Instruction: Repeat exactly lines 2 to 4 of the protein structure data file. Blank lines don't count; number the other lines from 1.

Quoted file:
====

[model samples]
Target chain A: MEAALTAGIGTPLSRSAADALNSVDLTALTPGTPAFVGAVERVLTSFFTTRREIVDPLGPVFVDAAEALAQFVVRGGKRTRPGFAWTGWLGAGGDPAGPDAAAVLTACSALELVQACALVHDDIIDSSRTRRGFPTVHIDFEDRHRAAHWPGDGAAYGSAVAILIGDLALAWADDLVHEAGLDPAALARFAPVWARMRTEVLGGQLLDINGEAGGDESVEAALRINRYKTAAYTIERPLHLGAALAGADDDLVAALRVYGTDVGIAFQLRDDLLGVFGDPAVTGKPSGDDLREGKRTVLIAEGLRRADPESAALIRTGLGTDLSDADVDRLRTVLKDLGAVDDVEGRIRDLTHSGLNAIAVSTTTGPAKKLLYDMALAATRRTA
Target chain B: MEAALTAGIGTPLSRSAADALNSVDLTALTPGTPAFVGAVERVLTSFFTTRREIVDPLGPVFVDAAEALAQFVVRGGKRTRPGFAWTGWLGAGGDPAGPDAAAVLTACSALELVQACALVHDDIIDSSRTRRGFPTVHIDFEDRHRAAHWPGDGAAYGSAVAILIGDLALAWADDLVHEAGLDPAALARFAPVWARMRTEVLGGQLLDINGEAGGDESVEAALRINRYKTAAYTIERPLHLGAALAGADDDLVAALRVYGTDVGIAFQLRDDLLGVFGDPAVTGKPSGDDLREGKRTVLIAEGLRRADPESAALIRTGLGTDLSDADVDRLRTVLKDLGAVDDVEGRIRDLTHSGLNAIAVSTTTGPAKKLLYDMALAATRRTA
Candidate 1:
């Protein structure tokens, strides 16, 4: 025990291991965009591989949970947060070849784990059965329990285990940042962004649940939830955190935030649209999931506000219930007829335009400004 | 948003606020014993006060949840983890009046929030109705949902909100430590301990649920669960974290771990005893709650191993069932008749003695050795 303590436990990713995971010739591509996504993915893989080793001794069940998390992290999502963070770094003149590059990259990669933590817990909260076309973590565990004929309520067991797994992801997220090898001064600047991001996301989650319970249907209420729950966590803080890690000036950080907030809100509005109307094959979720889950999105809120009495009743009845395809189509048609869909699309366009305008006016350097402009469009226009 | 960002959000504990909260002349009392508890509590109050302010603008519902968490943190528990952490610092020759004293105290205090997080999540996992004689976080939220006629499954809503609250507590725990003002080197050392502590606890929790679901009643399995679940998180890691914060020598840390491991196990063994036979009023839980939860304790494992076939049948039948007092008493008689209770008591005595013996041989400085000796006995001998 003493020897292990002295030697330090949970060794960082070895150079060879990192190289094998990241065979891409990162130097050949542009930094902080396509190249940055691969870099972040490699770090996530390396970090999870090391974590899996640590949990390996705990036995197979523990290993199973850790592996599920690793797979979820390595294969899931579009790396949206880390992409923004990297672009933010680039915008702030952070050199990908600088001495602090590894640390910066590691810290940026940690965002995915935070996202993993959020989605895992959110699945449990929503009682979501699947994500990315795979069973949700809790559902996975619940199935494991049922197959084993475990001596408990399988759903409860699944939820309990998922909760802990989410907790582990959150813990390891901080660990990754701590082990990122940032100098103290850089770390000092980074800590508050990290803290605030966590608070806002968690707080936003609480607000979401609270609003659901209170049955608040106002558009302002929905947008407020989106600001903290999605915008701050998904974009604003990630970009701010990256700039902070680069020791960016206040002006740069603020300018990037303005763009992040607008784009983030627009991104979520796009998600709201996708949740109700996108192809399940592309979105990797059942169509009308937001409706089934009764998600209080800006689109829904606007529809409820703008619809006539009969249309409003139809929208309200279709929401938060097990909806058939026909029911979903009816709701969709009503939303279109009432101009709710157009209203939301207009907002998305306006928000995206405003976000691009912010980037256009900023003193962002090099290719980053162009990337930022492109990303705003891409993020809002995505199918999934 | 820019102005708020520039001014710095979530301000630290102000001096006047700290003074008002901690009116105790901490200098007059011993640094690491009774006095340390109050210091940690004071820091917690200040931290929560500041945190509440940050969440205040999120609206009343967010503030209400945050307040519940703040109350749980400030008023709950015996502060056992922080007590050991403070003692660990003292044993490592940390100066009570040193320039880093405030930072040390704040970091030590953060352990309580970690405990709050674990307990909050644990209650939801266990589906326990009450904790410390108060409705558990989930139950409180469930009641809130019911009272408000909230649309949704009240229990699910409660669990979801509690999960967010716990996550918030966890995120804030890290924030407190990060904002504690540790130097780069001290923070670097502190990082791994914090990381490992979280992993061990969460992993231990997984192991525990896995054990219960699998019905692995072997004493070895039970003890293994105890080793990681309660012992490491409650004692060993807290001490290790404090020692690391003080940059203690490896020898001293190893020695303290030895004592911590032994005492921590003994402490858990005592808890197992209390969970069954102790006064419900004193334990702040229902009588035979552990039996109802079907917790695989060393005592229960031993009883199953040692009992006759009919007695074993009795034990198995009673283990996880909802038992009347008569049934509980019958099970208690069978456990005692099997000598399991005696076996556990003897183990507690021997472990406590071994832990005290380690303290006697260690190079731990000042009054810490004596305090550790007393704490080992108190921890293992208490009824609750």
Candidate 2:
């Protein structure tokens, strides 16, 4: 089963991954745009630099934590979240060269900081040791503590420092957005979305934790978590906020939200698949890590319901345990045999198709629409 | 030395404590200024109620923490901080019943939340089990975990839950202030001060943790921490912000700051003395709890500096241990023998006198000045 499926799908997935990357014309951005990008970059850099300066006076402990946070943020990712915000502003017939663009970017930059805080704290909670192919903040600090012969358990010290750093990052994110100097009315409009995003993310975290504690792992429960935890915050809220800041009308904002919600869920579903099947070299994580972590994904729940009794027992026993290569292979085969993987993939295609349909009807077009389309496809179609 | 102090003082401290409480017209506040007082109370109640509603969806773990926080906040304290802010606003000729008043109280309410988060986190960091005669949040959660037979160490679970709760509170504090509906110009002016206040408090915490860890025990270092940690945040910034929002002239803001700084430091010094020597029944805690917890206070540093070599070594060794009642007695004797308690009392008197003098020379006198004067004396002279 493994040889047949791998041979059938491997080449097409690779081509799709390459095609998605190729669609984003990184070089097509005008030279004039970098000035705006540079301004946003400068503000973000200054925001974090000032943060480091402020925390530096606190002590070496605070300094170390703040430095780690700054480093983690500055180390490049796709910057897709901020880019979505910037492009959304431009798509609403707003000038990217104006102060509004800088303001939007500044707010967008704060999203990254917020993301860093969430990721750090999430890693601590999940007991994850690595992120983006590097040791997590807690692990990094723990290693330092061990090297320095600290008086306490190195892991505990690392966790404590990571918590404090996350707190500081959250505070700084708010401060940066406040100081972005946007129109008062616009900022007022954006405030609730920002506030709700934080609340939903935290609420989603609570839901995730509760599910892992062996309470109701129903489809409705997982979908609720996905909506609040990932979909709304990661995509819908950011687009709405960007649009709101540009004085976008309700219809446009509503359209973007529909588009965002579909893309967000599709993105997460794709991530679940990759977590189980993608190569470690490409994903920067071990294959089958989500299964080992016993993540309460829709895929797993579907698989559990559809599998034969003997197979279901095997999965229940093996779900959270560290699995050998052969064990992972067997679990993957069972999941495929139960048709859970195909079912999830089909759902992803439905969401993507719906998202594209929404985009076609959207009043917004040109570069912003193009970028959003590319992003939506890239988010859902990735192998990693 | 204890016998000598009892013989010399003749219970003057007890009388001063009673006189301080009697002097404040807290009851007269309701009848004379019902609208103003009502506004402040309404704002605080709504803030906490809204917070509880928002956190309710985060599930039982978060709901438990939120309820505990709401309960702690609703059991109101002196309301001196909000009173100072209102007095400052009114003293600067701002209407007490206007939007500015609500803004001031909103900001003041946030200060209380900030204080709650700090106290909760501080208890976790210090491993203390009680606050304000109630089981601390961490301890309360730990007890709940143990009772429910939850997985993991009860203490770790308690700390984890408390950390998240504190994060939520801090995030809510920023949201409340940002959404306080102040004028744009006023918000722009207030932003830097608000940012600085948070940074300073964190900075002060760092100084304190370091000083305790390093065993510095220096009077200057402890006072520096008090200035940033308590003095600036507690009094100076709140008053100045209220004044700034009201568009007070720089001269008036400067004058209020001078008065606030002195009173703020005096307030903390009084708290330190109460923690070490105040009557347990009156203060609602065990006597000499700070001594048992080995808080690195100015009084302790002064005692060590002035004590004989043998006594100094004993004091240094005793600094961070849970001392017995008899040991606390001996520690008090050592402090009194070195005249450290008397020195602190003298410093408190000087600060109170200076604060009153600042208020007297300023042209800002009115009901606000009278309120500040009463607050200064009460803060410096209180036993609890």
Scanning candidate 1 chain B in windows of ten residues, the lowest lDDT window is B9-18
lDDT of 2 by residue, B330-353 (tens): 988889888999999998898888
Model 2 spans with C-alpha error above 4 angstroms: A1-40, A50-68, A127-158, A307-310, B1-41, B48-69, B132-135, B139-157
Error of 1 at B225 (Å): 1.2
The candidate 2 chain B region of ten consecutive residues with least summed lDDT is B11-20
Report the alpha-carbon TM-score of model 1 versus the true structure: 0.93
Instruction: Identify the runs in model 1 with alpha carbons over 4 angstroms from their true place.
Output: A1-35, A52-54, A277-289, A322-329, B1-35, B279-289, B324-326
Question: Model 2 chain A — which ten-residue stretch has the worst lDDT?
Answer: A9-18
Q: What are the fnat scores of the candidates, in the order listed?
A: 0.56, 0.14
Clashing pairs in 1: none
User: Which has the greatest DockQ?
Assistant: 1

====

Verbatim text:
Target chain A: MEAALTAGIGTPLSRSAADALNSVDLTALTPGTPAFVGAVERVLTSFFTTRREIVDPLGPVFVDAAEALAQFVVRGGKRTRPGFAWTGWLGAGGDPAGPDAAAVLTACSALELVQACALVHDDIIDSSRTRRGFPTVHIDFEDRHRAAHWPGDGAAYGSAVAILIGDLALAWADDLVHEAGLDPAALARFAPVWARMRTEVLGGQLLDINGEAGGDESVEAALRINRYKTAAYTIERPLHLGAALAGADDDLVAALRVYGTDVGIAFQLRDDLLGVFGDPAVTGKPSGDDLREGKRTVLIAEGLRRADPESAALIRTGLGTDLSDADVDRLRTVLKDLGAVDDVEGRIRDLTHSGLNAIAVSTTTGPAKKLLYDMALAATRRTA
Target chain B: MEAALTAGIGTPLSRSAADALNSVDLTALTPGTPAFVGAVERVLTSFFTTRREIVDPLGPVFVDAAEALAQFVVRGGKRTRPGFAWTGWLGAGGDPAGPDAAAVLTACSALELVQACALVHDDIIDSSRTRRGFPTVHIDFEDRHRAAHWPGDGAAYGSAVAILIGDLALAWADDLVHEAGLDPAALARFAPVWARMRTEVLGGQLLDINGEAGGDESVEAALRINRYKTAAYTIERPLHLGAALAGADDDLVAALRVYGTDVGIAFQLRDDLLGVFGDPAVTGKPSGDDLREGKRTVLIAEGLRRADPESAALIRTGLGTDLSDADVDRLRTVLKDLGAVDDVEGRIRDLTHSGLNAIAVSTTTGPAKKLLYDMALAATRRTA
Candidate 1: